Lacey Keosauqua’s gently rolling terrain and dramatic bluffs make for some excellent, scenic snowmobiling. Not all of the park’s trails are designated for snowmobiling, but those that are link up with trails in the adjacent Shimeck State Forest Wildlife Management Area, which adds some extra route mileage. The area gets about two feet of snow per year, meaning mid and late winter conditions can be hit-or-miss. Check in with the park ahead of time to see what snow coverage on trails is looking like.
Surrounded by many miles of intensive agriculture, the park’s deep woods and calm waterways attract a wide variety of avian life. Over 250 species can be seen in the area, including American white pelicans, American bittern, peregrine falcons, blue-winged teals, canvasbacks, belted kingfishers, eastern and western meadowlarks, Baltimore orioles and much, much more. The section of the Des Moines which flows along the park’s northern boundary is also a very popular winter hunting site and nesting ground for bald eagles. Visitors can see dozens, or more, if they show up at the right time of the year.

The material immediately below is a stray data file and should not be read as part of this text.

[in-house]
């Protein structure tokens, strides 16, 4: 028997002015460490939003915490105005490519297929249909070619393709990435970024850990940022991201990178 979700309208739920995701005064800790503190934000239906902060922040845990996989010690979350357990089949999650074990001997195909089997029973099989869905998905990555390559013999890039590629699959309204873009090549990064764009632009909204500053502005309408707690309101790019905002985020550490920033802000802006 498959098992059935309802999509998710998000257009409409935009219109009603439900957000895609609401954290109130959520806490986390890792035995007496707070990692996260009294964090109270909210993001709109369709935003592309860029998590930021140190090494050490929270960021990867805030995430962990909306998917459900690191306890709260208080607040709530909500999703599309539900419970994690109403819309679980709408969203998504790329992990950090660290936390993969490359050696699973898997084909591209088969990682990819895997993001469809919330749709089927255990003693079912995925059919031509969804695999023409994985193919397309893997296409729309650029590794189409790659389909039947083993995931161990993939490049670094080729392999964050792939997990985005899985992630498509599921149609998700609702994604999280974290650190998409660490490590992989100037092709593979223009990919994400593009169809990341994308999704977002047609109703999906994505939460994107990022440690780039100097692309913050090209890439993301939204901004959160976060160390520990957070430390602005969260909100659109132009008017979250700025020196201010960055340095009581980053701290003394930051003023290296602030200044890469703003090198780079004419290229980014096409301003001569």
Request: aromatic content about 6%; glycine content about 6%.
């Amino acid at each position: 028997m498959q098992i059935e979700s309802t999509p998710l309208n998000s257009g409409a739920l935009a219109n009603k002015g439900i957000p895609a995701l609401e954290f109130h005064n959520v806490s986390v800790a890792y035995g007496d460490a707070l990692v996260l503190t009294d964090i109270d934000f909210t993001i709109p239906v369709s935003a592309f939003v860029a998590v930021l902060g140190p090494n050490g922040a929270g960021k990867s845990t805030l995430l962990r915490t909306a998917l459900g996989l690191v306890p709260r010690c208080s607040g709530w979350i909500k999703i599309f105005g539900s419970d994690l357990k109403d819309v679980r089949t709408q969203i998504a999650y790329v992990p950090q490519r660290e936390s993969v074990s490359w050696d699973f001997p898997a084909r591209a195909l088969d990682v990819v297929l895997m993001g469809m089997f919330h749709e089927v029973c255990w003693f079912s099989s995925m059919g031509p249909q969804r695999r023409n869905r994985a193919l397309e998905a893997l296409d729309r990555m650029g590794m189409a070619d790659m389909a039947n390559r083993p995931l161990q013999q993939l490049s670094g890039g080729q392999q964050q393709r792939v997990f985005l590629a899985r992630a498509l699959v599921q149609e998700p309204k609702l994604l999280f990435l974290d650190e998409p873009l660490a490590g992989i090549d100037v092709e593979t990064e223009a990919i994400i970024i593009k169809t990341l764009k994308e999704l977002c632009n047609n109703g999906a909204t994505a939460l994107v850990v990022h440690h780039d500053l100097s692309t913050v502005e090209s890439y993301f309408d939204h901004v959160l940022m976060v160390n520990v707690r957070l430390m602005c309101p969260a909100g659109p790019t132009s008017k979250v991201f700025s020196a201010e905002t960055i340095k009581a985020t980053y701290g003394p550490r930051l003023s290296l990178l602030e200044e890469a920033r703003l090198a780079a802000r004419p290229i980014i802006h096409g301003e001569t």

Lacey Keosauqua is not only scenic but is steeped in history, both recent and ancient. The lush and fertile stretch of woodlands and fields along the Des Moines was home to a society of Woodland Native Americans, whose past habitation (occurring some 1,000 to 2,500 years ago) is evidenced today by a series of earthen mounds along the river. More recently, the area was used as a fording site for those traveling out west along the Mormon Trail. Engaging interpretive displays along the riverside trail help explain the historical significance of the park.